Euro Macro: More weakness moving into Q3 – The eurozone PMIs for July were published today. The modest gains in the composite PMI that were registered in May and June were completely erased, with the index declining from 52.2 in June to 51.5 in July. This decline was the combined result of a drop in the manufacturing activity PMI (from 48.5 to 47.0 – the lowest level since April 2013) and a more moderate decline in the services sector activity index (from 53.6 to 53.3). At its current level, the PMI is consistent with eurozone GDP growing by just 0.0-0.1% qoq, which would be in line with our base scenario for the eurozone. Indeed, the forward looking parts of the PMI report also suggest that the economy will be close to stagnation, with the new exports orders component of the manufacturing PMI falling by almost three points in July to its lowest level since June 2012. On top of that the new business component of the services PMI declined by a full point, suggesting that activity in the services sector is being affected by the ongoing malaise in industry. The fact that the services sector is not immune to the weakness in industry was also illustrated before by a drop in Germany’s Ifo business climate in services and the ECB’s Bank Lending Survey that was published yesterday.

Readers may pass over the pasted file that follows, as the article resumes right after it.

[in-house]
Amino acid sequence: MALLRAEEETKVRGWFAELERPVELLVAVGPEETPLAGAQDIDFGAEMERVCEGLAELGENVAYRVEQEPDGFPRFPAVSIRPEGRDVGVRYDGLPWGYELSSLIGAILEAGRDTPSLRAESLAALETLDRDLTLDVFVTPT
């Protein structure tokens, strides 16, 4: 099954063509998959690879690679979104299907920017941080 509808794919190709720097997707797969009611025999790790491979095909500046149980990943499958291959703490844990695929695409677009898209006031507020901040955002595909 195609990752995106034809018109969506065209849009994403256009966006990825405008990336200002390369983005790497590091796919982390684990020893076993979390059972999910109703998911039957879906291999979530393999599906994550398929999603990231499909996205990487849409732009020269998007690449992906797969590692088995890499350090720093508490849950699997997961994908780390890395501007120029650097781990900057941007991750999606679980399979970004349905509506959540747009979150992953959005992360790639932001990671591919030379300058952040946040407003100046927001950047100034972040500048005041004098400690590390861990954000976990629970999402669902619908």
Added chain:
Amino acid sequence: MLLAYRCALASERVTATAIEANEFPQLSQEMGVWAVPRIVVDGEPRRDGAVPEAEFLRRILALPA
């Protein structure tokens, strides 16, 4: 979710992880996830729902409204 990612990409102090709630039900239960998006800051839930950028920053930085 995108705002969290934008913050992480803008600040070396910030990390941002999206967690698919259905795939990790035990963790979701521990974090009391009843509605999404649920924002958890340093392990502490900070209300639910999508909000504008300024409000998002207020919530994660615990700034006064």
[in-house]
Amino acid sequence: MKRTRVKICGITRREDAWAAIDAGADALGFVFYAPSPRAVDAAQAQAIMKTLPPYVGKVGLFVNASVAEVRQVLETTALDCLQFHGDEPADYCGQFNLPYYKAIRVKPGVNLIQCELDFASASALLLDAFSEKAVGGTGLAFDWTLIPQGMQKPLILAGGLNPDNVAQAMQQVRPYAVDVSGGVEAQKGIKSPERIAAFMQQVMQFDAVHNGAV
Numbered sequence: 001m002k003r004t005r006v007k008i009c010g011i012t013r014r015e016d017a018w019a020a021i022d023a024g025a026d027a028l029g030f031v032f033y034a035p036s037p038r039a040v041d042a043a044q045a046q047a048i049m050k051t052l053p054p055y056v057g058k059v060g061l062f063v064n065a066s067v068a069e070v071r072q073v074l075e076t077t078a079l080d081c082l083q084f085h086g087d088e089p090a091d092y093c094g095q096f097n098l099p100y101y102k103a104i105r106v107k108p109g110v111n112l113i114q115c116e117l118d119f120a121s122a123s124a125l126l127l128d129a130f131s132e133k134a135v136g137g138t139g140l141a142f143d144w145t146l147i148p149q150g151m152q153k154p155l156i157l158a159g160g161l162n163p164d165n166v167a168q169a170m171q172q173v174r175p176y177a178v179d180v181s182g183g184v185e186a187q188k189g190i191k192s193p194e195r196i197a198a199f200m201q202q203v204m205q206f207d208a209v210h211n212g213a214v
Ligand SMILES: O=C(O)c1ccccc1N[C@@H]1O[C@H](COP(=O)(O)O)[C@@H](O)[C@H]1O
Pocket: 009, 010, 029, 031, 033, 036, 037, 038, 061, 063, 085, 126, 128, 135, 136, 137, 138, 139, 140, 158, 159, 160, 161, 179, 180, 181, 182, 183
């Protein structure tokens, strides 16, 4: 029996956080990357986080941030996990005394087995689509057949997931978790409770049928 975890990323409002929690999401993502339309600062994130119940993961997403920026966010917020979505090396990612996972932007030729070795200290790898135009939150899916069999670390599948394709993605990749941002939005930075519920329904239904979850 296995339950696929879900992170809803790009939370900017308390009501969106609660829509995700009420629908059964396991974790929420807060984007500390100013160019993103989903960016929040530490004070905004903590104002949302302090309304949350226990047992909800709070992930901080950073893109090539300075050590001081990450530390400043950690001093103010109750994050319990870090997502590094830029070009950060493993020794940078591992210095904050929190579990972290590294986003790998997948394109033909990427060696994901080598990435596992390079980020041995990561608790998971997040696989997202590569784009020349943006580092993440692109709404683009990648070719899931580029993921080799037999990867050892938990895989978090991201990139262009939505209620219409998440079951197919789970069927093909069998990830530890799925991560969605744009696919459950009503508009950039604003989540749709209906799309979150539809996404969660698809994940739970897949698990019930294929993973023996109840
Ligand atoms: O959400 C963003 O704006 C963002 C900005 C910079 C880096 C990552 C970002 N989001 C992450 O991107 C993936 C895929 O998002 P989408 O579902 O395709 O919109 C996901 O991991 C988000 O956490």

Other details of the PMI report suggest that the weakness in the eurozone economy, which began in exports and the manufacturing sector around the start of 2018 has spread to the labour market. Indeed, the employment component of the composite PMI lost a full point in July to a level consistent with only moderate employment growth. We think the deterioration in labour market conditions has further to go as the eurozone labour market reacts to changes in economic growth with a relatively long delay. This should result in the unemployment rate starting to move slowly higher at around the end of this year. Overall, the PMI reports support the case for an ECB stimulus package. We previewed tomorrow’s Governing Council meeting and set out our base case for the ECB in Monday’s Global Daily Insight. (Aline Schuiling)